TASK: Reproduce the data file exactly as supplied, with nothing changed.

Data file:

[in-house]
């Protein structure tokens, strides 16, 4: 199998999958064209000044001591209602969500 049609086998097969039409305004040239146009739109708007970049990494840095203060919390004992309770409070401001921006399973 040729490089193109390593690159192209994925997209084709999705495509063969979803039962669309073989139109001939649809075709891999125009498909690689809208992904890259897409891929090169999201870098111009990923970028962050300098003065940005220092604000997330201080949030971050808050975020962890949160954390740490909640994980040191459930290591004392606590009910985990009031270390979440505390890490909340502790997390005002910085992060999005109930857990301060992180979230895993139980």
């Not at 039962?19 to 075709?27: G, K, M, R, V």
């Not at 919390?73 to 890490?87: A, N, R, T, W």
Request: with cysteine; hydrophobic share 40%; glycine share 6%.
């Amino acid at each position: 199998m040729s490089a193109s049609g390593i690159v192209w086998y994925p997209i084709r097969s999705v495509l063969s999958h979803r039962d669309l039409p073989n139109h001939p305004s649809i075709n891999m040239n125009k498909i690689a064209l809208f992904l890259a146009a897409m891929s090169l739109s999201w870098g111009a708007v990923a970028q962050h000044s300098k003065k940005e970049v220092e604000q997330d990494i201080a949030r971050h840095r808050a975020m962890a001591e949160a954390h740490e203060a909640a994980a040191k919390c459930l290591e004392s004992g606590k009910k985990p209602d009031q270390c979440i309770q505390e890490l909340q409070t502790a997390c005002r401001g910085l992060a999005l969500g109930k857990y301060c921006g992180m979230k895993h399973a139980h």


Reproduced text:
[in-house]
């Protein structure tokens, strides 16, 4: 199998999958064209000044001591209602969500 049609086998097969039409305004040239146009739109708007970049990494840095203060919390004992309770409070401001921006399973 040729490089193109390593690159192209994925997209084709999705495509063969979803039962669309073989139109001939649809075709891999125009498909690689809208992904890259897409891929090169999201870098111009990923970028962050300098003065940005220092604000997330201080949030971050808050975020962890949160954390740490909640994980040191459930290591004392606590009910985990009031270390979440505390890490909340502790997390005002910085992060999005109930857990301060992180979230895993139980």
């Not at 039962?19 to 075709?27: G, K, M, R, V």
């Not at 919390?73 to 890490?87: A, N, R, T, W």
Request: with cysteine; hydrophobic share 40%; glycine share 6%.
């Amino acid at each position: 199998m040729s490089a193109s049609g390593i690159v192209w086998y994925p997209i084709r097969s999705v495509l063969s999958h979803r039962d669309l039409p073989n139109h001939p305004s649809i075709n891999m040239n125009k498909i690689a064209l809208f992904l890259a146009a897409m891929s090169l739109s999201w870098g111009a708007v990923a970028q962050h000044s300098k003065k940005e970049v220092e604000q997330d990494i201080a949030r971050h840095r808050a975020m962890a001591e949160a954390h740490e203060a909640a994980a040191k919390c459930l290591e004392s004992g606590k009910k985990p209602d009031q270390c979440i309770q505390e890490l909340q409070t502790a997390c005002r401001g910085l992060a999005l969500g109930k857990y301060c921006g992180m979230k895993h399973a139980h």